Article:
March 25, 2015
A day after the Department of Justice released a report with a series of recommendations aimed at fixing deficiencies in the how Philadelphia's police department uses lethal force, Mayor Michael Nutter signed an executive order Wednesday establishing a task force that would oversee the implementation of reforms.
The task force will be headed by former assistant U.S. Attorney and current Temple Law School Dean JoAnne A. Epps and will report to the mayor’s office.
This will not be her first time involved in police-oriented public policy. In 2011, Epps was the court appointed monitor who oversaw the city's compliance after a settlement was reached on federal class-action lawsuit regarding the police department's stop-and-frisk procedures.
"I am honored that the Mayor has called on me to serve the City of Philadelphia in this capacity," said Epps in a statement. "I hope that my experience working with the City and the police in the stop and frisk litigation will enable me to contribute to everyone’s goal of effective and respected policing."
Nutter said that it was important that the city take the next steps towards implementing change.
“It is clear that changes need to be made with regard to the use of force and certainly lethal force,” said Nutter at a press conference at City Hall. Along with some members of his administration, he was accompanied by Richard Ross, the police department’s deputy commission of police operations.
The task force will not just look at the Department of Justice report released on Monday but will also utilize recommendations in the President’s Task Force on Twenty-First Century Policing. That national task force was chaired by Philadelphia Police Commission Charles Ramsey.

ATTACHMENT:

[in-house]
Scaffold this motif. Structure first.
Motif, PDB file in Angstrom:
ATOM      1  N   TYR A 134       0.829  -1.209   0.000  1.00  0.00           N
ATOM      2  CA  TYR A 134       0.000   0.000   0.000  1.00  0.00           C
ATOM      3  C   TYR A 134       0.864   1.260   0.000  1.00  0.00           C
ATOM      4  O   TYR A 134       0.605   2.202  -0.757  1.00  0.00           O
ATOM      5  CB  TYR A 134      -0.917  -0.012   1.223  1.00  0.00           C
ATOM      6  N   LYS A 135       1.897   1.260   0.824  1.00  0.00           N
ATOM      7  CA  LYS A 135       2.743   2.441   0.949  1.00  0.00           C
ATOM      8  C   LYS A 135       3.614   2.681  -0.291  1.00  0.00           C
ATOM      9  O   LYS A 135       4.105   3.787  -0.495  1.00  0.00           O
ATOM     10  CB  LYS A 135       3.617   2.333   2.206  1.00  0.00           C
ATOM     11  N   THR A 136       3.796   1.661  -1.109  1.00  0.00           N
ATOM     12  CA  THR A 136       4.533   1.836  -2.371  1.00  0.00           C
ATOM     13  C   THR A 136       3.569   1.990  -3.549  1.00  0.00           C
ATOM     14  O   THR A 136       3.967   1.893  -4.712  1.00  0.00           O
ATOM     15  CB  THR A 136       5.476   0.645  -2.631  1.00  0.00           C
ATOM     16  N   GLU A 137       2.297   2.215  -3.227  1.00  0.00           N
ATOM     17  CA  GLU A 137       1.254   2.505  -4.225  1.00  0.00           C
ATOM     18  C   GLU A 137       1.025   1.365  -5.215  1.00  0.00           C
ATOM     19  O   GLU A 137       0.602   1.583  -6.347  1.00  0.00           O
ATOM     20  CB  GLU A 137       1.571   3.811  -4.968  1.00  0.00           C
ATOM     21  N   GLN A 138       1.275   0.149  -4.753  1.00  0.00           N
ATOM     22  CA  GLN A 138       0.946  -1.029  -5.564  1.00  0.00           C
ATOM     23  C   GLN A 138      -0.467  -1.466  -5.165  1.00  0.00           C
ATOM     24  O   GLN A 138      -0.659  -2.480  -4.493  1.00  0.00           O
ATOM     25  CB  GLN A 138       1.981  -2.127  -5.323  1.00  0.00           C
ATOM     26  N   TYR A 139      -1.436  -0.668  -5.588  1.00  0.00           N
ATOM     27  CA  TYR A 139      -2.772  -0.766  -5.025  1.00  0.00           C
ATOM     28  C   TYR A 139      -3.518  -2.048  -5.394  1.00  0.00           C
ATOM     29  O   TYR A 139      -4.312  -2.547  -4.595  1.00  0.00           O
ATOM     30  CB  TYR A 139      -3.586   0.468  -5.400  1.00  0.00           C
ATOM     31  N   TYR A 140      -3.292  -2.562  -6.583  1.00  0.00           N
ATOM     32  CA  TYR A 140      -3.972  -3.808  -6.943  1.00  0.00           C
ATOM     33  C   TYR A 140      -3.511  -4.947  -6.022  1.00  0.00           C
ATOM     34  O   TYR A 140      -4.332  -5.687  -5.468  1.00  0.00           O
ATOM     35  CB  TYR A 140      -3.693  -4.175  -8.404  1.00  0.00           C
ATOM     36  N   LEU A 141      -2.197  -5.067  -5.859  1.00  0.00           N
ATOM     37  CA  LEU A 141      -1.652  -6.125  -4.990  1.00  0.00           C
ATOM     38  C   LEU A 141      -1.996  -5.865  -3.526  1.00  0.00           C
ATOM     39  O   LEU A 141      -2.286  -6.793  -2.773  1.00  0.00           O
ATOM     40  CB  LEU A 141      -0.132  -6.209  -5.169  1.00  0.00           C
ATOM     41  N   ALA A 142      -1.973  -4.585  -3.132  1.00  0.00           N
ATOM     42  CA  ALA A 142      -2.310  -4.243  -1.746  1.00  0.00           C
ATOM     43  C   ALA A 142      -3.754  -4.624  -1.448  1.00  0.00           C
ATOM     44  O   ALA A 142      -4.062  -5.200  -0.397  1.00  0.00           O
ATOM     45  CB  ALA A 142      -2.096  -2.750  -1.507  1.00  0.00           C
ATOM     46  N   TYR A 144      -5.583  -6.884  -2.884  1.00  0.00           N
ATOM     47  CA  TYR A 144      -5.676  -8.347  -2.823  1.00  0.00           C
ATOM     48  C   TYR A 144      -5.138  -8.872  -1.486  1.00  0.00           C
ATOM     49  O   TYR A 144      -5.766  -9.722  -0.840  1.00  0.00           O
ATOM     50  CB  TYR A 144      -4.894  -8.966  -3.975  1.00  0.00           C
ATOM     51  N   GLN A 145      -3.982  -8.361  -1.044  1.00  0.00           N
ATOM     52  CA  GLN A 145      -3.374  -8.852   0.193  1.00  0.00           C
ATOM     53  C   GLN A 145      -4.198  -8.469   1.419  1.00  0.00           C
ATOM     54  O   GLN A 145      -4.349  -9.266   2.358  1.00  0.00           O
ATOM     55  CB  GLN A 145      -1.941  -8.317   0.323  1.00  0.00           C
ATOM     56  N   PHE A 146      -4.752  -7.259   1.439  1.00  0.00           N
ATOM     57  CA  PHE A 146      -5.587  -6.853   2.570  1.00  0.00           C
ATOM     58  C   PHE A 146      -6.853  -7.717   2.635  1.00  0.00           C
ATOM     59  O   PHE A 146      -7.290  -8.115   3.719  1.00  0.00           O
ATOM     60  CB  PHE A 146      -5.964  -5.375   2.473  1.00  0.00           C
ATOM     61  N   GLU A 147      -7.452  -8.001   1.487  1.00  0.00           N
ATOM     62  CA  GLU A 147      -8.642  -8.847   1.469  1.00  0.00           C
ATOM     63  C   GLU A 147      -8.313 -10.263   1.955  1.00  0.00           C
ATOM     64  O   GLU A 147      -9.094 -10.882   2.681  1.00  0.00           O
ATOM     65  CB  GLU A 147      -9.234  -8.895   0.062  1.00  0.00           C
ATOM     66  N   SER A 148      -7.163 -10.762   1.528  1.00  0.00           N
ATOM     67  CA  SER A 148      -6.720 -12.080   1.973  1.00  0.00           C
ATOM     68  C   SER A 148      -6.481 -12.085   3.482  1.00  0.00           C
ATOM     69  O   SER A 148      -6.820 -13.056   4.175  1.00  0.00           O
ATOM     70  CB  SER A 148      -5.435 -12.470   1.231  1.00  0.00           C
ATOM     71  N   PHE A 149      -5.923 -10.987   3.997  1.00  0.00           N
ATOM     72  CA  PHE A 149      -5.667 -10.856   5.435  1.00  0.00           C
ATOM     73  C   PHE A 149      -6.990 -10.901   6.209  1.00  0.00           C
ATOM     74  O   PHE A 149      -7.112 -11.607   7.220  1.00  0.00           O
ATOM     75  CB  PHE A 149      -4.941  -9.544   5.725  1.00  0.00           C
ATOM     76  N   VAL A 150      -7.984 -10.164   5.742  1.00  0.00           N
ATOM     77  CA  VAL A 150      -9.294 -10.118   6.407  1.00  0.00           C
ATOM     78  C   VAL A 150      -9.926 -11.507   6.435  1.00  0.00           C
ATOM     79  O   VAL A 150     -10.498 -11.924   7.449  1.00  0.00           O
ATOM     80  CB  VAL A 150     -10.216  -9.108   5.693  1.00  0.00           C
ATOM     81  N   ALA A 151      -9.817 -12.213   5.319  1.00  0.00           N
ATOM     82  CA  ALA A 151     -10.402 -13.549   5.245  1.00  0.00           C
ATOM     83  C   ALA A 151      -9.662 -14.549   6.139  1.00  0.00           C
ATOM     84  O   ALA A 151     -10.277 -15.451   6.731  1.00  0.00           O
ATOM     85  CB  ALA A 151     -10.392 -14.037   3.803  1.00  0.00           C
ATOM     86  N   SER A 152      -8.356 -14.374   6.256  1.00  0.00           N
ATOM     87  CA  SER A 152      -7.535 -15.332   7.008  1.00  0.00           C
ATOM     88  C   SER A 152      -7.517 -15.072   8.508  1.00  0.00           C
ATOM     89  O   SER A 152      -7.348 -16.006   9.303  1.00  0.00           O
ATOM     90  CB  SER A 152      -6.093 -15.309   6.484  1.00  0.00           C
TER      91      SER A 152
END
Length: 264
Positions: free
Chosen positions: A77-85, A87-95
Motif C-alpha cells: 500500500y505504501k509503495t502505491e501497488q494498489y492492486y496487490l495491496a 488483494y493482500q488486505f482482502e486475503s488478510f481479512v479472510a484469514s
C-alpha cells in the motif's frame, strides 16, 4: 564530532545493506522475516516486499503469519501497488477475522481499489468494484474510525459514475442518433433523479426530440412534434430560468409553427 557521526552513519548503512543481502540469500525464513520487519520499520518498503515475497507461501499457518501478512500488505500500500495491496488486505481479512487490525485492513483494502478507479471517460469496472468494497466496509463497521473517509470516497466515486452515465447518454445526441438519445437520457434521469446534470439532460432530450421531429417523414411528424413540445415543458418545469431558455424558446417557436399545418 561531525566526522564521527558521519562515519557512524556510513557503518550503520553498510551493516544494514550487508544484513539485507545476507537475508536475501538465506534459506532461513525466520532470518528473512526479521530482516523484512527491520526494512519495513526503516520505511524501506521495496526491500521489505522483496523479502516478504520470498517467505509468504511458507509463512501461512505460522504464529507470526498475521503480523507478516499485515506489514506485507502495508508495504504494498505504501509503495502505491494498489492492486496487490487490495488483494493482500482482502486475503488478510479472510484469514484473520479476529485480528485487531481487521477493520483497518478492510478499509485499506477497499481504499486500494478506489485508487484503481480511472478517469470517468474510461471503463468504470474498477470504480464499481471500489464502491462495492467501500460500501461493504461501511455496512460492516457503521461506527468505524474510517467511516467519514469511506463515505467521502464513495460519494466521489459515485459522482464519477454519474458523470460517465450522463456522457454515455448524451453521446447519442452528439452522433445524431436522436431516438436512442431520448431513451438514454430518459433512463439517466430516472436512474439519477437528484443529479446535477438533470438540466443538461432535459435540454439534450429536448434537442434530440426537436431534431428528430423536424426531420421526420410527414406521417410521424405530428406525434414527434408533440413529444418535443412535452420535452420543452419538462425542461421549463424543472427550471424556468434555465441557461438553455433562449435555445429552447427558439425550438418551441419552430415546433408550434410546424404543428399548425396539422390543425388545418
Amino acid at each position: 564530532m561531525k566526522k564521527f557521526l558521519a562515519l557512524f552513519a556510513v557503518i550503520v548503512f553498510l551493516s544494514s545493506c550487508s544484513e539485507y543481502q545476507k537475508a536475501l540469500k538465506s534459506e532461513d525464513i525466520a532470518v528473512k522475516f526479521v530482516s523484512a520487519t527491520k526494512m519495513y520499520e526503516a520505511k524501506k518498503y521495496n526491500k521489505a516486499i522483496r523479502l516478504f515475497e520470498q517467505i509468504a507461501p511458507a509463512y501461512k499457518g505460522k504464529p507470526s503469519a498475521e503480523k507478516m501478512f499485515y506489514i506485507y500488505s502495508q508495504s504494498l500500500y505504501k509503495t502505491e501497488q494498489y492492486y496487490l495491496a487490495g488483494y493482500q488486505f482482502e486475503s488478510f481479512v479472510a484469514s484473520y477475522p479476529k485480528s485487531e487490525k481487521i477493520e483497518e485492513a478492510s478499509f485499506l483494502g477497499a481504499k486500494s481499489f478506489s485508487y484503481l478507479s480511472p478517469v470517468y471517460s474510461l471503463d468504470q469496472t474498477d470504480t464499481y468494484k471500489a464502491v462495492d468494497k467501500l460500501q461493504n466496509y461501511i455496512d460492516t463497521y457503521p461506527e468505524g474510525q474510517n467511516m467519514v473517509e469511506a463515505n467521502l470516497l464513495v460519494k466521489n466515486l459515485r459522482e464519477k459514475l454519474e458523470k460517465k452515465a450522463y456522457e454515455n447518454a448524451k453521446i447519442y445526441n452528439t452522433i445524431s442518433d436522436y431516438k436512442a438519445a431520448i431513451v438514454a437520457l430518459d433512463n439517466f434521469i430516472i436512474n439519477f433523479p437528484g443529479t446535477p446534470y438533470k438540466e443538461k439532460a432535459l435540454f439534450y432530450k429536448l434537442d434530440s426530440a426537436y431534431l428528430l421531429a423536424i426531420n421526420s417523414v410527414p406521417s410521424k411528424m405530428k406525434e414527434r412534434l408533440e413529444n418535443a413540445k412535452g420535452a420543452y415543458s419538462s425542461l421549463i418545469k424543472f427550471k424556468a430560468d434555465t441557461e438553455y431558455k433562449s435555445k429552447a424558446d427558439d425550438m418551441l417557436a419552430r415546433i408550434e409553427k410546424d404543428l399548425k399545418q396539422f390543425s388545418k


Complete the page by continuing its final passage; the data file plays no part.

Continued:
The Department of Justice report said the city’s police had averaged about one police-involved shooting a week between 2007 and 2013, although that number dropped significantly last year. The report found that better training was needed, the process for investigating incidents required an overhaul and more public accountability was necessary.
Ramsey called for the Department of Justice to review the city’s police procedures in 2013 after a spike in police involved shooting the year before.
The task force "will be an independent committee composed of community stakeholders, experts in the field of law enforcement and public safety professionals" not affiliated with the Philadelphia police department.
Nutter said forming the task force was meant to ensure changes to police procedure are adopted in a timely and proper manner.
The other members of the board have not yet been announced.
“The main issue here today is we received important info
we asked for,” Nutter said referring to the Department of Justice report adding
that now it was important “not only [to] pay attention to it but also [to] make
sure things are implemented.”